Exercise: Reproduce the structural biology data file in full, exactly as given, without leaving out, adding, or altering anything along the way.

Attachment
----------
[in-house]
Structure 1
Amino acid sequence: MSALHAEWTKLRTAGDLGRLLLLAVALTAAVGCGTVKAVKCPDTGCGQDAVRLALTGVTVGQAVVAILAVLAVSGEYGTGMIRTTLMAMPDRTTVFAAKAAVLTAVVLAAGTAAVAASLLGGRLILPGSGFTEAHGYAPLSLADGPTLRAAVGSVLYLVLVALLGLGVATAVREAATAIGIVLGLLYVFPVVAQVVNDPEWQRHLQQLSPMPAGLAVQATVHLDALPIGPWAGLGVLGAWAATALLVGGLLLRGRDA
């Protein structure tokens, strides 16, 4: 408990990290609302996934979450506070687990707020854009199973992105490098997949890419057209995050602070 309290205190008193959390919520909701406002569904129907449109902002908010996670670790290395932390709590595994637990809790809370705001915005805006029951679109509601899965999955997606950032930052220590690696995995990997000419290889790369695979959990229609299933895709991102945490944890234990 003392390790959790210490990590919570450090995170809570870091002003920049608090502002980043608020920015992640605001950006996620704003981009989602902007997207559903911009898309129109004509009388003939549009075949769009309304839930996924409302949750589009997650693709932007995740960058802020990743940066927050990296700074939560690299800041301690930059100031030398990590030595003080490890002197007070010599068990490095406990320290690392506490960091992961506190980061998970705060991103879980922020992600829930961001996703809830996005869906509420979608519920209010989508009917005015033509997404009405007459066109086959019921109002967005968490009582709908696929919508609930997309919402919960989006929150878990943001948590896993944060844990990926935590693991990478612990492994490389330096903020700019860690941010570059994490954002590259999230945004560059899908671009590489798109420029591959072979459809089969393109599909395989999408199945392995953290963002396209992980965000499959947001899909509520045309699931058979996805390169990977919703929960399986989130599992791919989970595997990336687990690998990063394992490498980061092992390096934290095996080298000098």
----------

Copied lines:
[in-house]
Structure 1
Amino acid sequence: MSALHAEWTKLRTAGDLGRLLLLAVALTAAVGCGTVKAVKCPDTGCGQDAVRLALTGVTVGQAVVAILAVLAVSGEYGTGMIRTTLMAMPDRTTVFAAKAAVLTAVVLAAGTAAVAASLLGGRLILPGSGFTEAHGYAPLSLADGPTLRAAVGSVLYLVLVALLGLGVATAVREAATAIGIVLGLLYVFPVVAQVVNDPEWQRHLQQLSPMPAGLAVQATVHLDALPIGPWAGLGVLGAWAATALLVGGLLLRGRDA
């Protein structure tokens, strides 16, 4: 408990990290609302996934979450506070687990707020854009199973992105490098997949890419057209995050602070 309290205190008193959390919520909701406002569904129907449109902002908010996670670790290395932390709590595994637990809790809370705001915005805006029951679109509601899965999955997606950032930052220590690696995995990997000419290889790369695979959990229609299933895709991102945490944890234990 003392390790959790210490990590919570450090995170809570870091002003920049608090502002980043608020920015992640605001950006996620704003981009989602902007997207559903911009898309129109004509009388003939549009075949769009309304839930996924409302949750589009997650693709932007995740960058802020990743940066927050990296700074939560690299800041301690930059100031030398990590030595003080490890002197007070010599068990490095406990320290690392506490960091992961506190980061998970705060991103879980922020992600829930961001996703809830996005869906509420979608519920209010989508009917005015033509997404009405007459066109086959019921109002967005968490009582709908696929919508609930997309919402919960989006929150878990943001948590896993944060844990990926935590693991990478612990492994490389330096903020700019860690941010570059994490954002590259999230945004560059899908671009590489798109420029591959072979459809089969393109599909395989999408199945392995953290963002396209992980965000499959947001899909509520045309699931058979996805390169990977919703929960399986989130599992791919989970595997990336687990690998990063394992490498980061092992390096934290095996080298000098």